Polls: Spitzer, Weiner both in top spot in redemption bids
CNN — (CNN) -- With less than two months to go until primary day in New York City, a new poll indicates that two candidates hoping to come back from scandals that sidetracked their political careers are both edging out their opponents.
According to a Quinnipiac University poll released Monday, former New York state Gov. Eliot Spitzer leads Manhattan Borough President Scott Stringer 48%-33% in the Democratic primary race for New York City comptroller, the city's chief budget officer. Spitzer, who resigned as governor in 2008 after revelations he spent thousands of dollars on prostitutes, jumped into the comptroller race just over a week ago.
And the poll indicates that former Rep. Anthony Weiner has the backing of 25% of likely New York City Democratic primary voters, three points ahead of City Council Speaker Christine Quinn, the former frontrunner. Former Comptroller William Thompson is at 11%, Public Advocate Bill de Blasio is at 10%, with everyone else in single digits.
Weiner's three point margin is within the survey's sampling error. Weiner announced his mayoral bid in May. He was in his seventh term in Congress representing parts of the New York City boroughs of Queens and Brooklyn when he resigned from the House in 2011 amid scandal over lewd photos sent via Twitter.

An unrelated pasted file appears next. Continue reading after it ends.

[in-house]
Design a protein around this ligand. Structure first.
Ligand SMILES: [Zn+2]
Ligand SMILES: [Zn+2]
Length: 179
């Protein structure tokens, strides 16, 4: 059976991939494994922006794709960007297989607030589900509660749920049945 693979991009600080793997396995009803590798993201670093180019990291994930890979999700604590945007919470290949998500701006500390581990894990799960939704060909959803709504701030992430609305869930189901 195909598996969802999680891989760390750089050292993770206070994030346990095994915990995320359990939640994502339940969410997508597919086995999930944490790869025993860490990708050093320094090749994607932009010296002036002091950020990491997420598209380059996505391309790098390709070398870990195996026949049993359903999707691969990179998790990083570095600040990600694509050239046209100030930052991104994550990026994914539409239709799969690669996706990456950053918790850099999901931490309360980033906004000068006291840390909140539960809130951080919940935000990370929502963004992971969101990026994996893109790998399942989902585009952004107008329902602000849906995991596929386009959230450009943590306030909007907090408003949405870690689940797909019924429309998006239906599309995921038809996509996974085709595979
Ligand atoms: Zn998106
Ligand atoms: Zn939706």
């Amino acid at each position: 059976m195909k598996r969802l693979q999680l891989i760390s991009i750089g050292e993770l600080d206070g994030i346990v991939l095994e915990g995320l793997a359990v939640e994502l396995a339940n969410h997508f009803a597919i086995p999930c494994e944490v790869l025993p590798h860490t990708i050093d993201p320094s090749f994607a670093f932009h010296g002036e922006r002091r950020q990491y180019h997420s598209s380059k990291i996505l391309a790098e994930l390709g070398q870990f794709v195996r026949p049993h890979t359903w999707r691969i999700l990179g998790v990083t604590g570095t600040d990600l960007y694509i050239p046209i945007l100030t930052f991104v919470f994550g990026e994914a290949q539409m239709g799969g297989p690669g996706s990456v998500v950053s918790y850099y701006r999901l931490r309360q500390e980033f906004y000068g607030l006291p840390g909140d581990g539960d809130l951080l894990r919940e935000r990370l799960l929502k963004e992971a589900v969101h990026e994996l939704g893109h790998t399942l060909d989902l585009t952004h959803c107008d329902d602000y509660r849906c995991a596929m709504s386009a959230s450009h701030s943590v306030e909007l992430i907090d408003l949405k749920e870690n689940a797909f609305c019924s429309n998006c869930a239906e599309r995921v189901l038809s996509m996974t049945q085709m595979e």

"Notoriety has earned the 'Tabloid Twins,' former Gov. Eliot Spitzer as Client 9 and former Congressman Anthony (Tweets) Weiner, good initial numbers in the polls," said Maurice Carroll, director of the Quinnipiac University Polling Institute. "Whether those numbers hold up in the real poll on Primary Election Day is the big question."
The Quinnipiac survey is the second poll conducted since Spitzer announced his bid to indicate him in the lead. An NBC 4/Wall Street Journal/Marist poll released last week indicated Spitzer ahead of Stringer 42%-33% among registered Democrats in the September 10 primary.
In a city where registered Democrats greatly outnumber registered Republicans, the winners of the Democratic primary will be considered the frontrunners in November general election.
According to the Quinnipiac poll, strong support among black voters is helping both Spitzer and Weiner. Spitzer leads Stringer 61%-26% among black voters. In the mayoral primary battle, Weiner has the backing of 31% of black voters, far ahead of Quinn at 16%, with Thompson, the only major black candidate in the mayoral field, at 14%.
As for gender, men back Spitzer 53%-33% while women support him by a smaller 44%-32% margin. Weiner tops Quinn 29%-21% among men but narrowly trails 23%-21% among women.
To the probable disadvantage of the other candidates, Weiner and Spitzer have dominated the news coverage of the mayoral and comptroller races, thanks to their scandals and their bids for political second chances.
"Is it better to be well-known mainly for a scandal than to be largely unknown?" asks Carroll.
The Quinnipiac University poll was conducted July 8-14, with 738 registered Democrats in New York City questioned by telephone. The survey's sampling error is plus or minus 3.6 percentage points.